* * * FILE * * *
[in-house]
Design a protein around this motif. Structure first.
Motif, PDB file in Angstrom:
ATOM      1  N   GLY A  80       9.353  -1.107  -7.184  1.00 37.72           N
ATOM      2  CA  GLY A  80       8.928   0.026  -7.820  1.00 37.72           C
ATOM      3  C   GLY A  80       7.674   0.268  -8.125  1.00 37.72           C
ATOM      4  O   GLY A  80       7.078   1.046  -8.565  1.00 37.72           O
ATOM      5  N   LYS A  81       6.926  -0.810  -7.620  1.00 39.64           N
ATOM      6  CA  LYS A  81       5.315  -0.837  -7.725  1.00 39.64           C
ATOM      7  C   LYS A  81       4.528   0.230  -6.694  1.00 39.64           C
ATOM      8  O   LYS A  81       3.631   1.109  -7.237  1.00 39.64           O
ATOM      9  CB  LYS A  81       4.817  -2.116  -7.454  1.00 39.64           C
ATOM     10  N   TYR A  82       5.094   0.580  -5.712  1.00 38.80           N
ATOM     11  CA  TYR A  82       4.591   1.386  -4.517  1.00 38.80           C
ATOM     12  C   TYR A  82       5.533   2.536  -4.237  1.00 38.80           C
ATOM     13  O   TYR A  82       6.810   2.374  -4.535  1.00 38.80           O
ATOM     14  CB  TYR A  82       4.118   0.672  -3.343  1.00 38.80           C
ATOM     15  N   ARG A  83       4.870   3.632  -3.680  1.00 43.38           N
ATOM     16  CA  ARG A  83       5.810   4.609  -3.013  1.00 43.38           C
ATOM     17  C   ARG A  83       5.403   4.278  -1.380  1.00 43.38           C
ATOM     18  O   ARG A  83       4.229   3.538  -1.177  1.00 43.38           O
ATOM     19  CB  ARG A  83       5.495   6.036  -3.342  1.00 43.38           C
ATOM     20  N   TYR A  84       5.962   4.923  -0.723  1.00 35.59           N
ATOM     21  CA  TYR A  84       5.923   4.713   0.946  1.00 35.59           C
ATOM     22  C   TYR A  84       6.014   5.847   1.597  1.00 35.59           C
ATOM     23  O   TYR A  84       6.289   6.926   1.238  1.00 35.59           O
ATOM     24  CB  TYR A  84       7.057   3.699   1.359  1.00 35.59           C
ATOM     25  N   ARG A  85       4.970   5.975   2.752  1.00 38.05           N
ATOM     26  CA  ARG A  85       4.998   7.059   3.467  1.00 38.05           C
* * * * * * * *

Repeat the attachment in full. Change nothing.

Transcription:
[in-house]
Design a protein around this motif. Structure first.
Motif, PDB file in Angstrom:
ATOM      1  N   GLY A  80       9.353  -1.107  -7.184  1.00 37.72           N
ATOM      2  CA  GLY A  80       8.928   0.026  -7.820  1.00 37.72           C
ATOM      3  C   GLY A  80       7.674   0.268  -8.125  1.00 37.72           C
ATOM      4  O   GLY A  80       7.078   1.046  -8.565  1.00 37.72           O
ATOM      5  N   LYS A  81       6.926  -0.810  -7.620  1.00 39.64           N
ATOM      6  CA  LYS A  81       5.315  -0.837  -7.725  1.00 39.64           C
ATOM      7  C   LYS A  81       4.528   0.230  -6.694  1.00 39.64           C
ATOM      8  O   LYS A  81       3.631   1.109  -7.237  1.00 39.64           O
ATOM      9  CB  LYS A  81       4.817  -2.116  -7.454  1.00 39.64           C
ATOM     10  N   TYR A  82       5.094   0.580  -5.712  1.00 38.80           N
ATOM     11  CA  TYR A  82       4.591   1.386  -4.517  1.00 38.80           C
ATOM     12  C   TYR A  82       5.533   2.536  -4.237  1.00 38.80           C
ATOM     13  O   TYR A  82       6.810   2.374  -4.535  1.00 38.80           O
ATOM     14  CB  TYR A  82       4.118   0.672  -3.343  1.00 38.80           C
ATOM     15  N   ARG A  83       4.870   3.632  -3.680  1.00 43.38           N
ATOM     16  CA  ARG A  83       5.810   4.609  -3.013  1.00 43.38           C
ATOM     17  C   ARG A  83       5.403   4.278  -1.380  1.00 43.38           C
ATOM     18  O   ARG A  83       4.229   3.538  -1.177  1.00 43.38           O
ATOM     19  CB  ARG A  83       5.495   6.036  -3.342  1.00 43.38           C
ATOM     20  N   TYR A  84       5.962   4.923  -0.723  1.00 35.59           N
ATOM     21  CA  TYR A  84       5.923   4.713   0.946  1.00 35.59           C
ATOM     22  C   TYR A  84       6.014   5.847   1.597  1.00 35.59           C
ATOM     23  O   TYR A  84       6.289   6.926   1.238  1.00 35.59           O
ATOM     24  CB  TYR A  84       7.057   3.699   1.359  1.00 35.59           C
ATOM     25  N   ARG A  85       4.970   5.975   2.752  1.00 38.05           N
ATOM     26  CA  ARG A  85       4.998   7.059   3.467  1.00 38.05           C